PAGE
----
Galavasana - Mythology and Symbolism

Galava, the good student 

Galava was a rishi, who was a disciple of the great Sage Vishwamitra, known for his irritable nature. Galava's story is told by sage Narada to Dhristarashtra, in the Udyoga Parva of the Mahabharata, urging him to stop his son, Duryodhana, from waging a war against the Pandavas, and to accept the Pandava's meager request for peace. Narada tells of his own fall from grace and compares it to the unnecessary hardships that Galava went through because he went searching for problems. The moral is "Don't go looking for trouble".

Gala means throat in Sanskrit (and also in HIndi). It also means a rope. Once during his hardships, Vishwamitra was forced to give up Galava as a servant in exchange for food. At that time a rope was tied around the neck of Galava and hence the name stuck.

Galava gets into trouble

Galava was a great student and served his teacher, Vishwamitra, well. Vishwamitra was pleased with Galava and when his studies were over, blessed him and bid him goodbye. Galava, asked Vishwamitra what Guru Dakshina (Guru's fees) he needed to which Vishwamitra said that since Galava served him well during his time at the Ashram, he did not need any. However, Galava pestered Vishwamitra to accept a Dakshina, knowing well that Vishwamitra had a short temper. After importuning him many times, Vishwamitra gets irritated and asks for 800 white steeds, with one black ear.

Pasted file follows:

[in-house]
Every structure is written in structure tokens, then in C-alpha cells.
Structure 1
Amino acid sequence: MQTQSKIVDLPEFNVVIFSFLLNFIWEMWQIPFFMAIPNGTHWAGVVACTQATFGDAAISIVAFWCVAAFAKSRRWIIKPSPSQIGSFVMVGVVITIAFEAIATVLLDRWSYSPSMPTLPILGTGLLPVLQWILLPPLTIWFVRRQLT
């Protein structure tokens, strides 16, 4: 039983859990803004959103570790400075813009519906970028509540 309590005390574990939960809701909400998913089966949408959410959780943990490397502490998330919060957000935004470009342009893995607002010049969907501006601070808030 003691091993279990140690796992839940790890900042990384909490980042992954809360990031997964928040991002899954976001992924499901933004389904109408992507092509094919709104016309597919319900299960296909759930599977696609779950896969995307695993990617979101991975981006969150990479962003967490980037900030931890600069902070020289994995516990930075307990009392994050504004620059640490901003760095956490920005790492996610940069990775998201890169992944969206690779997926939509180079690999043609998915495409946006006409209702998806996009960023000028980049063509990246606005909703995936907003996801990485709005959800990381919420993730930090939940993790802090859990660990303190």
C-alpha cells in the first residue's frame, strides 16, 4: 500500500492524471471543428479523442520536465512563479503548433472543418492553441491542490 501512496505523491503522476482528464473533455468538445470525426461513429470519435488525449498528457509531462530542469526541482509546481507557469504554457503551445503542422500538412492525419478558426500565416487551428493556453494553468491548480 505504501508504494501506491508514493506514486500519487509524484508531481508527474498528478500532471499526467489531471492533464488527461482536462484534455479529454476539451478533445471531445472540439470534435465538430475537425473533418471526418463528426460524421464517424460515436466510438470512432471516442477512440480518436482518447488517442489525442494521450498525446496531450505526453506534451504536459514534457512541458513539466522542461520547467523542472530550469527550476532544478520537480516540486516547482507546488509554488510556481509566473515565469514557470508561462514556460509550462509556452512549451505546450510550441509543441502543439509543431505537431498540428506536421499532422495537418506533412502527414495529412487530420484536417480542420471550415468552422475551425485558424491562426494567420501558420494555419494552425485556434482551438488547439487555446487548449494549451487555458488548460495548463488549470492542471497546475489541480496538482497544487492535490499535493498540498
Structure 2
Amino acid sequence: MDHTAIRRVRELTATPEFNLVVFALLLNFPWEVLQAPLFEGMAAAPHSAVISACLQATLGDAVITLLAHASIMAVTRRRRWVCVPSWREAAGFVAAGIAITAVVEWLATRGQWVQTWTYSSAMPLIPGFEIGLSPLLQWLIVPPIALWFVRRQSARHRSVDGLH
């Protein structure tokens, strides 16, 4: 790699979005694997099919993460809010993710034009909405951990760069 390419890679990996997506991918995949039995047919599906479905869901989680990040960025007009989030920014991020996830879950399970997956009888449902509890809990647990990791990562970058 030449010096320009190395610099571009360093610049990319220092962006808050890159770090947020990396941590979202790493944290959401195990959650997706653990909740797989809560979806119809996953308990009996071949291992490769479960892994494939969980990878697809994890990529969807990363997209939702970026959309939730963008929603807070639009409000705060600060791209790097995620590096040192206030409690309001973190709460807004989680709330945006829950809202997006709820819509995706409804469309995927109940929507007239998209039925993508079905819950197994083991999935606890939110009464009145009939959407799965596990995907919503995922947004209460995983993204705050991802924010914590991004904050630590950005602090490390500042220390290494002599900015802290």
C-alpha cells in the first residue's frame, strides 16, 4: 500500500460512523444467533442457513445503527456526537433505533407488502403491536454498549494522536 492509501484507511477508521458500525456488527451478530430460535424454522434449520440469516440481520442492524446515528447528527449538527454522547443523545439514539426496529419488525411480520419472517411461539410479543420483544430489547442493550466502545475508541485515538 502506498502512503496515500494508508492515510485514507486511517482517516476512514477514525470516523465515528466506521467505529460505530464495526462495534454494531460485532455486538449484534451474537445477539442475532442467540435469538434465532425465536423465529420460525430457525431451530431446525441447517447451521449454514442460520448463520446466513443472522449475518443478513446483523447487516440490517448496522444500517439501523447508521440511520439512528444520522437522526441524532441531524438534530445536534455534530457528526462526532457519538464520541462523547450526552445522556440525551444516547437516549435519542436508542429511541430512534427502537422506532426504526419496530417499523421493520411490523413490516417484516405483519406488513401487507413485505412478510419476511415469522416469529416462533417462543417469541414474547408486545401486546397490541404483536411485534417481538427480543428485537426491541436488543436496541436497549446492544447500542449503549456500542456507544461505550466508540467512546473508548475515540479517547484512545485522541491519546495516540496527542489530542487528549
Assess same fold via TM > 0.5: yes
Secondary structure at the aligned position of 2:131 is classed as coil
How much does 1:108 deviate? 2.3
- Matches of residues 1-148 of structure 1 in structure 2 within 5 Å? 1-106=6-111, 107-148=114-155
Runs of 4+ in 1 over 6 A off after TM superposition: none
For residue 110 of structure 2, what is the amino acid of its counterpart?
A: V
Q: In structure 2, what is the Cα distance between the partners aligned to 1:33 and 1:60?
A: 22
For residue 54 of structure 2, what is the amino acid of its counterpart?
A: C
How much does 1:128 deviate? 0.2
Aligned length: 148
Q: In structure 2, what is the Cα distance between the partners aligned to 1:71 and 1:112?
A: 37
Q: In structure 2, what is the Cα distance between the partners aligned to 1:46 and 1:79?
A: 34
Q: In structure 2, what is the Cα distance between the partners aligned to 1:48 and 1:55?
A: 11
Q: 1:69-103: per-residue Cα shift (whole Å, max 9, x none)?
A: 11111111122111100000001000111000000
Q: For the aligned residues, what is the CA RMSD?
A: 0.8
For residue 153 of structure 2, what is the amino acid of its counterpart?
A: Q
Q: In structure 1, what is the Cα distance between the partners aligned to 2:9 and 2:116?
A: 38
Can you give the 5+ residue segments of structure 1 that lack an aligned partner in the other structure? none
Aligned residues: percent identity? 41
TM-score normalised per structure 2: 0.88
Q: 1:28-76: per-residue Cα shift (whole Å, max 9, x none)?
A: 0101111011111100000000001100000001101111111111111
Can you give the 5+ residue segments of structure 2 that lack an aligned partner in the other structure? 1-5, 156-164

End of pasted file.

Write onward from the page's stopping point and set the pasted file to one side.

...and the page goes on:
Here started Galava's trials. Fortunately Suparna (the beautiful feathered one), commonly known as Garuda, the king of birds, helps him. FInally a beautiful and virtuous princess named Madhavi helps them fulfuil the task.

The moral is -"Don't chase trouble".


Galavasana, named after Galava, comes in the third series of Ashtanga Vinyasa Yoga. It is also called Eka Pada Galavasana in some traditions. It is less obvious why this asana got this name as compared to, for example, Ashtavakrasana. In is entered into through the headstand, with the folded leg, nicely tucked toward the chest using the non-folded leg as shown below.

Reference : Story of Galava in the Mahabharata